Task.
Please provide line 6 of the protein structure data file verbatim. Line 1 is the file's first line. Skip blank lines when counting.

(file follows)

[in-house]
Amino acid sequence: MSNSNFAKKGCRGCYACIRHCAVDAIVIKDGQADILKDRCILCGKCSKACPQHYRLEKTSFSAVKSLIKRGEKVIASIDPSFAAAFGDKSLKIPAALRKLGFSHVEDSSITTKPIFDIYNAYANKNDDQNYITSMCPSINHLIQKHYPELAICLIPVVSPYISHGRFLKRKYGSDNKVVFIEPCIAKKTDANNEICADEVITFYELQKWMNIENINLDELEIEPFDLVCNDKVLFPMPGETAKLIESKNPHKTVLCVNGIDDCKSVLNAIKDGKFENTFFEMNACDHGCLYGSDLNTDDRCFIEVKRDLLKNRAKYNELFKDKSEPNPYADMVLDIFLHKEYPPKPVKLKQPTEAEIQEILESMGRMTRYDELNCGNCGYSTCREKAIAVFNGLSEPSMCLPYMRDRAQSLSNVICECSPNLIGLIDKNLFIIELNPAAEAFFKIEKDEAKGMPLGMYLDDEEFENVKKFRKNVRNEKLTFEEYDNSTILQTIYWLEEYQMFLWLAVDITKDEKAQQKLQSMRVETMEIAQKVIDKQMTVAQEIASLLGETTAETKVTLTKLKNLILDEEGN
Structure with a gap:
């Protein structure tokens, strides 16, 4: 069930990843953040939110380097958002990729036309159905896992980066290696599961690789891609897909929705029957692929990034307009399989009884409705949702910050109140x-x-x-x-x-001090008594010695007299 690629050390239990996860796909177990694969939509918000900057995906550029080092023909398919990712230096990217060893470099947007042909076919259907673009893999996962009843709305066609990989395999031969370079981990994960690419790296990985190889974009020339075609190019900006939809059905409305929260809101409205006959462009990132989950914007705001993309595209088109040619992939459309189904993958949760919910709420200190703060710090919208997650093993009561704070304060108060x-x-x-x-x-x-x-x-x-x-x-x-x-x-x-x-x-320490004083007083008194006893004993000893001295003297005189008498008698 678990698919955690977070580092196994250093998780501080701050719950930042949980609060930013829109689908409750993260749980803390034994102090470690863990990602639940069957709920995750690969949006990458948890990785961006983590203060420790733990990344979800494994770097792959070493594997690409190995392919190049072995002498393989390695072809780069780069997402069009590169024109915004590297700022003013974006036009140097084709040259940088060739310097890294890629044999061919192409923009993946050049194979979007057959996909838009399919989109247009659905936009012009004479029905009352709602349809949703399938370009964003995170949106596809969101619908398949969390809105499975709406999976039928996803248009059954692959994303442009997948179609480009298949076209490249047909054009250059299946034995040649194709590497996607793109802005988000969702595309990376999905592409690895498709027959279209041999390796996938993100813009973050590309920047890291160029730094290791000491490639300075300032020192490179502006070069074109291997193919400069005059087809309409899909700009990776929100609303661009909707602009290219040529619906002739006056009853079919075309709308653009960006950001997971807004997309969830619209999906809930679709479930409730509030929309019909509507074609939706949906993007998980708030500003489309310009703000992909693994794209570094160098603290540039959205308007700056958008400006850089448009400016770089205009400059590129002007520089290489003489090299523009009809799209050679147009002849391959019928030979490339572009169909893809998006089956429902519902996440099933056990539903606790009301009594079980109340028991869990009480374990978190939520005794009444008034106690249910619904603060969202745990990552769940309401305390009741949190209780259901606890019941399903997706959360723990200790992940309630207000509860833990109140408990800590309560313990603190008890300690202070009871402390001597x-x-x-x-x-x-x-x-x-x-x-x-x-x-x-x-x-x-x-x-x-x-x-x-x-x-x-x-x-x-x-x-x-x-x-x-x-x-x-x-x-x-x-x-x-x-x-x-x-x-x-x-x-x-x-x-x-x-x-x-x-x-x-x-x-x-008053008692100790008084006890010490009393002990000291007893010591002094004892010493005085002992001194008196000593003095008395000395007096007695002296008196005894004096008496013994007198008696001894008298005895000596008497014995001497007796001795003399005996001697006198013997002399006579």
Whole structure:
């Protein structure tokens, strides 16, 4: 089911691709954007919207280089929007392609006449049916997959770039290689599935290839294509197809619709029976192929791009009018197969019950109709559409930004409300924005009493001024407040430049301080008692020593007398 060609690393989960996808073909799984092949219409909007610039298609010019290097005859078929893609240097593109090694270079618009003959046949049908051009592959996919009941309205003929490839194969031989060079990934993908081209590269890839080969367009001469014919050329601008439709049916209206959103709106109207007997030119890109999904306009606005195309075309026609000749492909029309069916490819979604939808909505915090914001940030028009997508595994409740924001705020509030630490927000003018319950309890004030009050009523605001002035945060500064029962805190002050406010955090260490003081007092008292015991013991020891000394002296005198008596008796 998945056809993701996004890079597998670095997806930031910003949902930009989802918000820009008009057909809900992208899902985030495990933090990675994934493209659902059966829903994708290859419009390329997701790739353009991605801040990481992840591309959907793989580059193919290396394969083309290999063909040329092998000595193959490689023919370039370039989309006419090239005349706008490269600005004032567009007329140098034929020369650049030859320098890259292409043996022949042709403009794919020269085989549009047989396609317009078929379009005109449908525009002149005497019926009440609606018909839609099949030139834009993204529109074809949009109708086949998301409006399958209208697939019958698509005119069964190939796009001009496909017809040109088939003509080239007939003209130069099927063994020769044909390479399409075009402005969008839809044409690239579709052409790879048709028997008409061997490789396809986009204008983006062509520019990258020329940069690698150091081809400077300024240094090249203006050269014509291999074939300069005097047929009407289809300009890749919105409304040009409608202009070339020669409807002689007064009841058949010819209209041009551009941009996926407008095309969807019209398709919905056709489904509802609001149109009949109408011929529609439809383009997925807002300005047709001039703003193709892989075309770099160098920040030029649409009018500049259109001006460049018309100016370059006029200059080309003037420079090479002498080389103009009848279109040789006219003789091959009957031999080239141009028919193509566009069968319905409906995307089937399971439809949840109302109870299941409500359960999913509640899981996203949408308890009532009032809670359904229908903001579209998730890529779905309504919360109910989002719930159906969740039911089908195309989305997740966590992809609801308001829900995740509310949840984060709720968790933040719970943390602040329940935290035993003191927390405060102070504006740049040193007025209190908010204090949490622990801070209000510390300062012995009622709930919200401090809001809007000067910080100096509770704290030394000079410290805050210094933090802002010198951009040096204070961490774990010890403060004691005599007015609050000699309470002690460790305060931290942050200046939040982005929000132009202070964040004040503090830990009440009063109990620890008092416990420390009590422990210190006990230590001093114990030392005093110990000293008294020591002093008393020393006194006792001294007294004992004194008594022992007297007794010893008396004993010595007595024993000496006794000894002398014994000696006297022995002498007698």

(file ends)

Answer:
């Protein structure tokens, strides 16, 4: 089911691709954007919207280089929007392609006449049916997959770039290689599935290839294509197809619709029976192929791009009018197969019950109709559409930004409300924005009493001024407040430049301080008692020593007398 060609690393989960996808073909799984092949219409909007610039298609010019290097005859078929893609240097593109090694270079618009003959046949049908051009592959996919009941309205003929490839194969031989060079990934993908081209590269890839080969367009001469014919050329601008439709049916209206959103709106109207007997030119890109999904306009606005195309075309026609000749492909029309069916490819979604939808909505915090914001940030028009997508595994409740924001705020509030630490927000003018319950309890004030009050009523605001002035945060500064029962805190002050406010955090260490003081007092008292015991013991020891000394002296005198008596008796 998945056809993701996004890079597998670095997806930031910003949902930009989802918000820009008009057909809900992208899902985030495990933090990675994934493209659902059966829903994708290859419009390329997701790739353009991605801040990481992840591309959907793989580059193919290396394969083309290999063909040329092998000595193959490689023919370039370039989309006419090239005349706008490269600005004032567009007329140098034929020369650049030859320098890259292409043996022949042709403009794919020269085989549009047989396609317009078929379009005109449908525009002149005497019926009440609606018909839609099949030139834009993204529109074809949009109708086949998301409006399958209208697939019958698509005119069964190939796009001009496909017809040109088939003509080239007939003209130069099927063994020769044909390479399409075009402005969008839809044409690239579709052409790879048709028997008409061997490789396809986009204008983006062509520019990258020329940069690698150091081809400077300024240094090249203006050269014509291999074939300069005097047929009407289809300009890749919105409304040009409608202009070339020669409807002689007064009841058949010819209209041009551009941009996926407008095309969807019209398709919905056709489904509802609001149109009949109408011929529609439809383009997925807002300005047709001039703003193709892989075309770099160098920040030029649409009018500049259109001006460049018309100016370059006029200059080309003037420079090479002498080389103009009848279109040789006219003789091959009957031999080239141009028919193509566009069968319905409906995307089937399971439809949840109302109870299941409500359960999913509640899981996203949408308890009532009032809670359904229908903001579209998730890529779905309504919360109910989002719930159906969740039911089908195309989305997740966590992809609801308001829900995740509310949840984060709720968790933040719970943390602040329940935290035993003191927390405060102070504006740049040193007025209190908010204090949490622990801070209000510390300062012995009622709930919200401090809001809007000067910080100096509770704290030394000079410290805050210094933090802002010198951009040096204070961490774990010890403060004691005599007015609050000699309470002690460790305060931290942050200046939040982005929000132009202070964040004040503090830990009440009063109990620890008092416990420390009590422990210190006990230590001093114990030392005093110990000293008294020591002093008393020393006194006792001294007294004992004194008594022992007297007794010893008396004993010595007595024993000496006794000894002398014994000696006297022995002498007698």